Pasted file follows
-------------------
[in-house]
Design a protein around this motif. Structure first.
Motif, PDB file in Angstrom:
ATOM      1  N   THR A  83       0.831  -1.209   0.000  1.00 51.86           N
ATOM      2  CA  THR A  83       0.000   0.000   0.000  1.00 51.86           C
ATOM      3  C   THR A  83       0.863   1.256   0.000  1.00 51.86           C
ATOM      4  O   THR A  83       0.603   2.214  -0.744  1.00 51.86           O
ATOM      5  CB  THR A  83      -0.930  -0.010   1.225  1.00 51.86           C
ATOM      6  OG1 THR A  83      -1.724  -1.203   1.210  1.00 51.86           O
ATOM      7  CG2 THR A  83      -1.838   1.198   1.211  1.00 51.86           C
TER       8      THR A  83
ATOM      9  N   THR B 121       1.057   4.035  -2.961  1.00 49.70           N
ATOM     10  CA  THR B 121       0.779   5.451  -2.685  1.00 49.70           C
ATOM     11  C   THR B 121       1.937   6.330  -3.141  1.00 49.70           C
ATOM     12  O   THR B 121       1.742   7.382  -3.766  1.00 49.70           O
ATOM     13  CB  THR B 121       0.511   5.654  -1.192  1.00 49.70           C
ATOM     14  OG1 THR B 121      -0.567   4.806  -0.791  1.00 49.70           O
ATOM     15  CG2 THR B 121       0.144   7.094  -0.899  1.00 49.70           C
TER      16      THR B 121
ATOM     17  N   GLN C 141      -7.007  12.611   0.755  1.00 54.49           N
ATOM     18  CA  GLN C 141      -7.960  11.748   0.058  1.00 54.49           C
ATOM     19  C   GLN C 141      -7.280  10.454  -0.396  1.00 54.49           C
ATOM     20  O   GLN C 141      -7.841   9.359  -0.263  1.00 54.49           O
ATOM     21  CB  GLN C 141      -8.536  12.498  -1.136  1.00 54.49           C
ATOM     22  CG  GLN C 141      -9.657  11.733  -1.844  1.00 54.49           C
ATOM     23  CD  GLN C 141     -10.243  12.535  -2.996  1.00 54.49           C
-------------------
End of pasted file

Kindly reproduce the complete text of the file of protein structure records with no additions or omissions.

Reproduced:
[in-house]
Design a protein around this motif. Structure first.
Motif, PDB file in Angstrom:
ATOM      1  N   THR A  83       0.831  -1.209   0.000  1.00 51.86           N
ATOM      2  CA  THR A  83       0.000   0.000   0.000  1.00 51.86           C
ATOM      3  C   THR A  83       0.863   1.256   0.000  1.00 51.86           C
ATOM      4  O   THR A  83       0.603   2.214  -0.744  1.00 51.86           O
ATOM      5  CB  THR A  83      -0.930  -0.010   1.225  1.00 51.86           C
ATOM      6  OG1 THR A  83      -1.724  -1.203   1.210  1.00 51.86           O
ATOM      7  CG2 THR A  83      -1.838   1.198   1.211  1.00 51.86           C
TER       8      THR A  83
ATOM      9  N   THR B 121       1.057   4.035  -2.961  1.00 49.70           N
ATOM     10  CA  THR B 121       0.779   5.451  -2.685  1.00 49.70           C
ATOM     11  C   THR B 121       1.937   6.330  -3.141  1.00 49.70           C
ATOM     12  O   THR B 121       1.742   7.382  -3.766  1.00 49.70           O
ATOM     13  CB  THR B 121       0.511   5.654  -1.192  1.00 49.70           C
ATOM     14  OG1 THR B 121      -0.567   4.806  -0.791  1.00 49.70           O
ATOM     15  CG2 THR B 121       0.144   7.094  -0.899  1.00 49.70           C
TER      16      THR B 121
ATOM     17  N   GLN C 141      -7.007  12.611   0.755  1.00 54.49           N
ATOM     18  CA  GLN C 141      -7.960  11.748   0.058  1.00 54.49           C
ATOM     19  C   GLN C 141      -7.280  10.454  -0.396  1.00 54.49           C
ATOM     20  O   GLN C 141      -7.841   9.359  -0.263  1.00 54.49           O
ATOM     21  CB  GLN C 141      -8.536  12.498  -1.136  1.00 54.49           C
ATOM     22  CG  GLN C 141      -9.657  11.733  -1.844  1.00 54.49           C
ATOM     23  CD  GLN C 141     -10.243  12.535  -2.996  1.00 54.49           C